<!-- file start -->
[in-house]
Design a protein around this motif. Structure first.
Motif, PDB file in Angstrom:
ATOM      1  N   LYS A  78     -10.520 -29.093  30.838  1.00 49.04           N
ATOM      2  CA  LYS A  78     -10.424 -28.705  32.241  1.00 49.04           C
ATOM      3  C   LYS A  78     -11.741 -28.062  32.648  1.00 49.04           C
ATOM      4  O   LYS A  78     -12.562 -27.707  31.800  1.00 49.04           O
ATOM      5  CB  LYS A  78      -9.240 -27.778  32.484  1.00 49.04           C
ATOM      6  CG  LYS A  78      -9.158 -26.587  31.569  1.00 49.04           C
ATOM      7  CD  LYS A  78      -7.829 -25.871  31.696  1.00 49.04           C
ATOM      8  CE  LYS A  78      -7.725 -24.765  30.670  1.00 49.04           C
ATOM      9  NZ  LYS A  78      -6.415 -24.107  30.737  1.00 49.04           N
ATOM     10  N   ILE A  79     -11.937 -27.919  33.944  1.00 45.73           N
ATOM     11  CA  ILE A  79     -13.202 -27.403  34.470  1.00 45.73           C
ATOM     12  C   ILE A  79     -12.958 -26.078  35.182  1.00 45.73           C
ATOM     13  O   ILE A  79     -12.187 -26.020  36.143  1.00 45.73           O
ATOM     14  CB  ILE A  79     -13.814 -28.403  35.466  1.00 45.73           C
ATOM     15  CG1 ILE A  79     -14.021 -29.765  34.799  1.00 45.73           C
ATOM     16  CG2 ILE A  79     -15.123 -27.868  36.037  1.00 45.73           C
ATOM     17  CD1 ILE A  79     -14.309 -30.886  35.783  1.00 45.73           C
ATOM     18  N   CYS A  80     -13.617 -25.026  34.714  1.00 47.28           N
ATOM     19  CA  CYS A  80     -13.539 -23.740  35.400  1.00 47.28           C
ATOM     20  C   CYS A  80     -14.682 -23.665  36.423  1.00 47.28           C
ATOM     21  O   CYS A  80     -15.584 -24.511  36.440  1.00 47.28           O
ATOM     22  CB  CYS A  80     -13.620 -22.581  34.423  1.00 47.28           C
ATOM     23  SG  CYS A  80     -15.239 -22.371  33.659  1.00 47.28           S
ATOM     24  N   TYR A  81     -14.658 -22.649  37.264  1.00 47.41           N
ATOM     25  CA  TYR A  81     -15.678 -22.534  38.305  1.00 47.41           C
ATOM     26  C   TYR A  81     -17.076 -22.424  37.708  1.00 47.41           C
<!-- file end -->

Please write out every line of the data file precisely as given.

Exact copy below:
[in-house]
Design a protein around this motif. Structure first.
Motif, PDB file in Angstrom:
ATOM      1  N   LYS A  78     -10.520 -29.093  30.838  1.00 49.04           N
ATOM      2  CA  LYS A  78     -10.424 -28.705  32.241  1.00 49.04           C
ATOM      3  C   LYS A  78     -11.741 -28.062  32.648  1.00 49.04           C
ATOM      4  O   LYS A  78     -12.562 -27.707  31.800  1.00 49.04           O
ATOM      5  CB  LYS A  78      -9.240 -27.778  32.484  1.00 49.04           C
ATOM      6  CG  LYS A  78      -9.158 -26.587  31.569  1.00 49.04           C
ATOM      7  CD  LYS A  78      -7.829 -25.871  31.696  1.00 49.04           C
ATOM      8  CE  LYS A  78      -7.725 -24.765  30.670  1.00 49.04           C
ATOM      9  NZ  LYS A  78      -6.415 -24.107  30.737  1.00 49.04           N
ATOM     10  N   ILE A  79     -11.937 -27.919  33.944  1.00 45.73           N
ATOM     11  CA  ILE A  79     -13.202 -27.403  34.470  1.00 45.73           C
ATOM     12  C   ILE A  79     -12.958 -26.078  35.182  1.00 45.73           C
ATOM     13  O   ILE A  79     -12.187 -26.020  36.143  1.00 45.73           O
ATOM     14  CB  ILE A  79     -13.814 -28.403  35.466  1.00 45.73           C
ATOM     15  CG1 ILE A  79     -14.021 -29.765  34.799  1.00 45.73           C
ATOM     16  CG2 ILE A  79     -15.123 -27.868  36.037  1.00 45.73           C
ATOM     17  CD1 ILE A  79     -14.309 -30.886  35.783  1.00 45.73           C
ATOM     18  N   CYS A  80     -13.617 -25.026  34.714  1.00 47.28           N
ATOM     19  CA  CYS A  80     -13.539 -23.740  35.400  1.00 47.28           C
ATOM     20  C   CYS A  80     -14.682 -23.665  36.423  1.00 47.28           C
ATOM     21  O   CYS A  80     -15.584 -24.511  36.440  1.00 47.28           O
ATOM     22  CB  CYS A  80     -13.620 -22.581  34.423  1.00 47.28           C
ATOM     23  SG  CYS A  80     -15.239 -22.371  33.659  1.00 47.28           S
ATOM     24  N   TYR A  81     -14.658 -22.649  37.264  1.00 47.41           N
ATOM     25  CA  TYR A  81     -15.678 -22.534  38.305  1.00 47.41           C
ATOM     26  C   TYR A  81     -17.076 -22.424  37.708  1.00 47.41           C